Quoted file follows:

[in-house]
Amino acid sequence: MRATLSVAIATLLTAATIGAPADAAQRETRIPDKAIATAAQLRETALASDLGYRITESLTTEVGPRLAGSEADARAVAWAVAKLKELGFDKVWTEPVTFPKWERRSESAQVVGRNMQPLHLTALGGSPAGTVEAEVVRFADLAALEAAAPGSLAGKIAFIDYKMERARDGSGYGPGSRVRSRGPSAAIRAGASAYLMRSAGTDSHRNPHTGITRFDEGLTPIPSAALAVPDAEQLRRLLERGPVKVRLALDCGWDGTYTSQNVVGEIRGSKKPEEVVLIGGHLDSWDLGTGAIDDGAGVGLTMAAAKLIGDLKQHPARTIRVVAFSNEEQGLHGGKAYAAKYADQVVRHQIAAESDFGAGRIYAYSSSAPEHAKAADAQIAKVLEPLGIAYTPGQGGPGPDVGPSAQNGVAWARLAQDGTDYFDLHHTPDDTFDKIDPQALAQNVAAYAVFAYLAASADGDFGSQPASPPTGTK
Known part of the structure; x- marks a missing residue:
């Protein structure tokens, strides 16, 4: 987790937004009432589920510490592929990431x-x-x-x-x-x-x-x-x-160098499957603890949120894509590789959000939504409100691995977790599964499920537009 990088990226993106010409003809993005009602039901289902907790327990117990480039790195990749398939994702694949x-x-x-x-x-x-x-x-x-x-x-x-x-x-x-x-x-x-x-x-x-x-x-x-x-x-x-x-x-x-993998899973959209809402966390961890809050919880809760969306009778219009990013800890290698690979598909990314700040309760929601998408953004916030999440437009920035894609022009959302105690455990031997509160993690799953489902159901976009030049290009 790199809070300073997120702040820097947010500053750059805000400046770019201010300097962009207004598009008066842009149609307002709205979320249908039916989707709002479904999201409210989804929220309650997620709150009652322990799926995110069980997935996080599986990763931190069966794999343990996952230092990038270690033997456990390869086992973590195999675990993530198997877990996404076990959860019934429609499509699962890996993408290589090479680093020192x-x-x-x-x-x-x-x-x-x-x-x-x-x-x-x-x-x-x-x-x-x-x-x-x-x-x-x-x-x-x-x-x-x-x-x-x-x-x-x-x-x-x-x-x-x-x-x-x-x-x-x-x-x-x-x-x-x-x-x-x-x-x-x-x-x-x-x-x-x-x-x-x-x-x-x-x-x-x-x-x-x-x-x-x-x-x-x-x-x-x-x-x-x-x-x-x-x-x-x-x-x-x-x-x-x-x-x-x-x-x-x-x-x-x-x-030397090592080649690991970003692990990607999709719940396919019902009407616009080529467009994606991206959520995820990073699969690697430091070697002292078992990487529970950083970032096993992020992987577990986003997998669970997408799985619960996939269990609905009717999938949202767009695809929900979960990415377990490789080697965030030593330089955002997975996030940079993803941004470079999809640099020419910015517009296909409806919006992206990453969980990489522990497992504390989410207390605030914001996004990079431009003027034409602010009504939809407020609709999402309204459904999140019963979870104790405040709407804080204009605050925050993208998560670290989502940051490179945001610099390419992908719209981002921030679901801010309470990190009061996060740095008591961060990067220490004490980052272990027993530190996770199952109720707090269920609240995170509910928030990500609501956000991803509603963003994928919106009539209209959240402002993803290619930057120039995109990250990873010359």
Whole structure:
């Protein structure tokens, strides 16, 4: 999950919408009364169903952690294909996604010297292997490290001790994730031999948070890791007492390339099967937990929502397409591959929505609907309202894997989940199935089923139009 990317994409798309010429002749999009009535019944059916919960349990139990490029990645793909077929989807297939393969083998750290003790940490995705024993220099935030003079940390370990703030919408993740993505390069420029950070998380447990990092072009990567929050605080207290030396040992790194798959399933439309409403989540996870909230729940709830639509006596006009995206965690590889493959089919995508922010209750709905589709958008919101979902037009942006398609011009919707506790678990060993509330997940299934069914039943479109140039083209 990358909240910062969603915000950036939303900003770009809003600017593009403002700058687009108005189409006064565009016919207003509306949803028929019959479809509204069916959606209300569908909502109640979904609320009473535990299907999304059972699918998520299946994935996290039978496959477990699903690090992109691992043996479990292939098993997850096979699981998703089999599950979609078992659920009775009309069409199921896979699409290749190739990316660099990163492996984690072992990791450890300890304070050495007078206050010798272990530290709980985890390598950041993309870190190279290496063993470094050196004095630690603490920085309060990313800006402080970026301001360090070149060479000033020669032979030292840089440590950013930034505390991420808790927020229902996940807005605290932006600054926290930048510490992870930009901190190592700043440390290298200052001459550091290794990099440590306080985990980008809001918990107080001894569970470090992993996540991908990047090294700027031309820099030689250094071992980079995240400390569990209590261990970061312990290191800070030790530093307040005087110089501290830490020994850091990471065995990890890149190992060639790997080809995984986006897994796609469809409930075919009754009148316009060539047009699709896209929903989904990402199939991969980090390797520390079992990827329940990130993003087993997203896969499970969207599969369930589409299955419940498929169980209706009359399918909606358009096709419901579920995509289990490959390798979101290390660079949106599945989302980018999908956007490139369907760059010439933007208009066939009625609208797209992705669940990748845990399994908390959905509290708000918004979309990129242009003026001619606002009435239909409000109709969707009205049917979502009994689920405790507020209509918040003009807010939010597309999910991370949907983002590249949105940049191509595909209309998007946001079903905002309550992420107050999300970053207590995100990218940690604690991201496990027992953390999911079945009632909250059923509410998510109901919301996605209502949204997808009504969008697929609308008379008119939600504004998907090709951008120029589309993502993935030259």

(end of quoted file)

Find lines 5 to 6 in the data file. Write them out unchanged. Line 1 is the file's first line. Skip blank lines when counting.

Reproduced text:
Whole structure:
């Protein structure tokens, strides 16, 4: 999950919408009364169903952690294909996604010297292997490290001790994730031999948070890791007492390339099967937990929502397409591959929505609907309202894997989940199935089923139009 990317994409798309010429002749999009009535019944059916919960349990139990490029990645793909077929989807297939393969083998750290003790940490995705024993220099935030003079940390370990703030919408993740993505390069420029950070998380447990990092072009990567929050605080207290030396040992790194798959399933439309409403989540996870909230729940709830639509006596006009995206965690590889493959089919995508922010209750709905589709958008919101979902037009942006398609011009919707506790678990060993509330997940299934069914039943479109140039083209 990358909240910062969603915000950036939303900003770009809003600017593009403002700058687009108005189409006064565009016919207003509306949803028929019959479809509204069916959606209300569908909502109640979904609320009473535990299907999304059972699918998520299946994935996290039978496959477990699903690090992109691992043996479990292939098993997850096979699981998703089999599950979609078992659920009775009309069409199921896979699409290749190739990316660099990163492996984690072992990791450890300890304070050495007078206050010798272990530290709980985890390598950041993309870190190279290496063993470094050196004095630690603490920085309060990313800006402080970026301001360090070149060479000033020669032979030292840089440590950013930034505390991420808790927020229902996940807005605290932006600054926290930048510490992870930009901190190592700043440390290298200052001459550091290794990099440590306080985990980008809001918990107080001894569970470090992993996540991908990047090294700027031309820099030689250094071992980079995240400390569990209590261990970061312990290191800070030790530093307040005087110089501290830490020994850091990471065995990890890149190992060639790997080809995984986006897994796609469809409930075919009754009148316009060539047009699709896209929903989904990402199939991969980090390797520390079992990827329940990130993003087993997203896969499970969207599969369930589409299955419940498929169980209706009359399918909606358009096709419901579920995509289990490959390798979101290390660079949106599945989302980018999908956007490139369907760059010439933007208009066939009625609208797209992705669940990748845990399994908390959905509290708000918004979309990129242009003026001619606002009435239909409000109709969707009205049917979502009994689920405790507020209509918040003009807010939010597309999910991370949907983002590249949105940049191509595909209309998007946001079903905002309550992420107050999300970053207590995100990218940690604690991201496990027992953390999911079945009632909250059923509410998510109901919301996605209502949204997808009504969008697929609308008379008119939600504004998907090709951008120029589309993502993935030259």